MARTIETTA, NY — Witnessing her grandfather die from a farm accident changed the course of Donna Hayley’s life. Now a consultant and trainer for the New York Department of Labor, Hayley was a farm girl of only 16 when she found her grandfather severely burned. His welding job ignited a fuel tank he thought was void of fumes. He passed away in the hospital burn unit from infection a week later.
From the tragedy, Hayley developed a resolve to build a culture of farm safety in New York’s farms. That’s why she spoke at a recent farm safety workshop at Volles Farm in Marietta, NY.
Hayley and her colleagues perform free farm safety audits and help farmers develop plans to prevent and respond to farm accidents.
Hayley said because spending cuts have severely curtailed the Department of Labor, she is the last full-time safety trainer left statewide.
“We will try to make every moment count when working with a farm,” Hayley said.
She challenged the two dozen or so attendees to consider what’s the most important factor on their farms: safety, quality or production. Many chimed in to say “safety” aloud and appeared surprised when she said farmers should consider them equally important. Most farms consider quality and production tops, even though they say “safety first” to employees.
“Don’t tell me to come to your farm if you don’t want me to change your company culture,” Hayley said.
Though near misses aren’t reported, they represent a better picture of what’s unsafe on a farm.
“Beyond the injuries and illnesses, how many near misses do you have?” she asked. “It’s about 300 to one. And some estimate it’s closer to 900 to one.”
She said letting near misses slide without changing what caused an accident to almost happen will eventually cause an accident to happen.
Anna Meyerhoff, trainer for New York Center for Agricultural Medicine and Health (NYCAMH), continued the session by explaining she can offer free training in Spanish and English. Topics include the roll bar program, power take off safety, personal protective equipment, and respirator fitting and training. Fluent in Spanish, Meyerhoff said it’s important to explain these important issues in detail in the workers’ first language so that they understand why it’s so important.
“Many [immigrant and migrant] workers come from farms in their home country where they haven’t handled cows or haven’t on this scale,” she said after her session.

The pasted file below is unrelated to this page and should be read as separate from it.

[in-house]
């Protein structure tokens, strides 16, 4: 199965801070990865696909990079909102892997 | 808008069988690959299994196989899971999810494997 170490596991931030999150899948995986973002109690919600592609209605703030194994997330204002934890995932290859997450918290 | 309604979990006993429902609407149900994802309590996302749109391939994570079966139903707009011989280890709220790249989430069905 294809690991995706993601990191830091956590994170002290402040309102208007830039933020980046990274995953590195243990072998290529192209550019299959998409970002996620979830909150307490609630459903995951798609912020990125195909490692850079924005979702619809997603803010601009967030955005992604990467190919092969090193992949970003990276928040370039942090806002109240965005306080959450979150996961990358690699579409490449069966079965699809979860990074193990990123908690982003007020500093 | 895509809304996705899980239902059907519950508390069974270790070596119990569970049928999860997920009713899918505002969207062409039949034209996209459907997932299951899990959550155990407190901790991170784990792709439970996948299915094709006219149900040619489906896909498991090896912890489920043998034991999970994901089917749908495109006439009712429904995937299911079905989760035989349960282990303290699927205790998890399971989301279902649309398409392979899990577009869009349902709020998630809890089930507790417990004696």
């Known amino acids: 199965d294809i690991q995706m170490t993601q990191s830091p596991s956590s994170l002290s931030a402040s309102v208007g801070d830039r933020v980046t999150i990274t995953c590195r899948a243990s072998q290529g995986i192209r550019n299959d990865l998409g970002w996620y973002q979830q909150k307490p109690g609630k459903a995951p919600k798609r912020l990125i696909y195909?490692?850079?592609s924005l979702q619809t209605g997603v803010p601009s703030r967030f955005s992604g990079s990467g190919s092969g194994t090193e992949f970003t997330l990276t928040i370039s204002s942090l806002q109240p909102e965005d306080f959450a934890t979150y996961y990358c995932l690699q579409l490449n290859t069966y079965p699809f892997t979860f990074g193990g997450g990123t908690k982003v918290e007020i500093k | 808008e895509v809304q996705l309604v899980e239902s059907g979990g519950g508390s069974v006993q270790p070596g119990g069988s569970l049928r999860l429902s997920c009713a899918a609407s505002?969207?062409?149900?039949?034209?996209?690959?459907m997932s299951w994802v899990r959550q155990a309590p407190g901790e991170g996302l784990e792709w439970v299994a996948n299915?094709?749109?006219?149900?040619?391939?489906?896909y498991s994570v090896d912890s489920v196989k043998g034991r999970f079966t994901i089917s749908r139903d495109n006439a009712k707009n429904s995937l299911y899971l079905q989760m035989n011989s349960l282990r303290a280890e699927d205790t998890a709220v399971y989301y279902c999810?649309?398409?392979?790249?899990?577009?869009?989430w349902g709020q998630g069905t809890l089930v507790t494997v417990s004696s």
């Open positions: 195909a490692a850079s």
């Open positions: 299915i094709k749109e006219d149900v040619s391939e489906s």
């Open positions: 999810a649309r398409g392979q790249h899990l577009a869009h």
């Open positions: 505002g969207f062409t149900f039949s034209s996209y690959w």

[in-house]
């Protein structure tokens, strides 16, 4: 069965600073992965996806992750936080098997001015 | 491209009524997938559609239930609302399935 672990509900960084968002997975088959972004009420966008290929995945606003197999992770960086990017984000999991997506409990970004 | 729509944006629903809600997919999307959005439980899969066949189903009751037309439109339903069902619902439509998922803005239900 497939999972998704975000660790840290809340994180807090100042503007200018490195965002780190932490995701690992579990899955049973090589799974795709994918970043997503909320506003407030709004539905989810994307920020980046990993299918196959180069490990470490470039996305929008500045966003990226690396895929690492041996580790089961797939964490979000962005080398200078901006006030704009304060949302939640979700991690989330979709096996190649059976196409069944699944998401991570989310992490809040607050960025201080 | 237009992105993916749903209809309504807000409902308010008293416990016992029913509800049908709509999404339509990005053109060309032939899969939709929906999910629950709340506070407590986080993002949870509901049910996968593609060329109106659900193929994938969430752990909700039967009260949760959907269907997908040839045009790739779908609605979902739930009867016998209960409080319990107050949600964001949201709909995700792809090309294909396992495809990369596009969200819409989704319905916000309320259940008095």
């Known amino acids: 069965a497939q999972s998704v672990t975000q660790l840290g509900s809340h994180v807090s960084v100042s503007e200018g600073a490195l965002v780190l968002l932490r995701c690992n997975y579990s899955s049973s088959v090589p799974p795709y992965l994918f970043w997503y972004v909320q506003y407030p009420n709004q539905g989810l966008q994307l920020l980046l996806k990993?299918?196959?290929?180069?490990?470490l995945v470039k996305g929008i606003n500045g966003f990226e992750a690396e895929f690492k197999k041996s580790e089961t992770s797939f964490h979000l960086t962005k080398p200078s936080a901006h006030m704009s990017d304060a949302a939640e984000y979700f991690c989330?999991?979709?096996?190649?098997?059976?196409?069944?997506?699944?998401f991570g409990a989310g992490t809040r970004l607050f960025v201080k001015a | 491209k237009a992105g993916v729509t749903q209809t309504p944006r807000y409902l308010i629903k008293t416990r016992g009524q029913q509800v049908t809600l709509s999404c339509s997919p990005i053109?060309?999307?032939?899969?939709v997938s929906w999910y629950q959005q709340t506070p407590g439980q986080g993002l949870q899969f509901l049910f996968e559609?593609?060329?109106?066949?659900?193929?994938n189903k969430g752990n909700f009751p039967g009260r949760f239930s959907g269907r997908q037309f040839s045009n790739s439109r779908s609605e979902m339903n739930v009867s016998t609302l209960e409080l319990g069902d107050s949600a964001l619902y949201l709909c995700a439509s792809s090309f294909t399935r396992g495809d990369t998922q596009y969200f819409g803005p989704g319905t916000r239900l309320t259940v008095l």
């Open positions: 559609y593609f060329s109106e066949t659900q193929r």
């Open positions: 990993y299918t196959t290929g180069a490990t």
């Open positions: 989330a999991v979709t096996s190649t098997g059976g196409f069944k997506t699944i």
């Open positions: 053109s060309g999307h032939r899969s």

Bill Gibson, a contractor for NYCAMH, continued the workshop by sharing how he too became interested in farm safety after his uncle died of farmer’s lung at the age of 45. He conducts farm safety audits.
“We are always able to point out something the farmer overlooked or didn’t know about,” Gibson said.
Karl Czymmek, a PRO-DAIRY team member present, said he has read on a psychology website that “farmers have normalized risk. We really could normalize safety.”
Hayley reiterated, “Safety needs to be equal with everything else you’re doing. Set the example. Bring in someone to audit.”
She said some farms hammer out good safety protocols and plans, but don’t implement them, which actually proves more damning when OSHA inspectors drop in for an inspection — in addition to representing a lack of ethics for knowingly endangering employees.
“It’s about managing people,” Hayley said. “If what you have on paper doesn’t match what you are doing, that’s a problem.”
She encouraged farm owners and management to lead in implementing safe work habits.
That’s exactly what Danielle Volles does at her family farm, which hosted the workshop. Volles had worked in banking 16 years “in high heels and pantyhose,” she quipped as she looked down at the jeans and work shoes she wore. When she returned to the family farm, she started keeping the books.
A farm fatality spurred her to make safety part of Volles Farm’s way of doing business.
“Safety typically isn’t the center in ag,” she said. “That’s not an option. My friend died here. I will not stop asking employees if they’re doing things right.”
“Don’t be complacent. I focus on it all the time.”
She keeps numerous binders to keep her safety records organized and if OSHA inspectors come, she can readily access whatever is needed.
Her role isn’t as a hands-on employee. She thinks that brings a “fresh pair of eyes” to aspects of the farm that most operations consider prone to accidents, including the machine shop, manure storage and skid steers.
She recommends farms assign a “point person” such as herself who reports, records and tracks safety, as well as address any safety concerns with outside parties such as OSHA.
She frequently walks through the entire farm, self-auditing and recording how the farm is improving safety.
Volles believes the key to farm safety is employee engagement.
“I cannot do safety training unless employees are onboard,” Volles said. “I started asking employees how we can do it better. I ask what we can do to change it.”
She’s a self-proclaimed “label queen” and likes to ensure safety signage is in place, not just to warn visitors but also as visual reminders to employees.
Volles is also big on employee training, even if it’s just a few moments to talk about safety in the midst of the day outside of a formal training session.
‘Taking two minutes to explain how to do something is worth it if it saves someone’s life,” Volles said.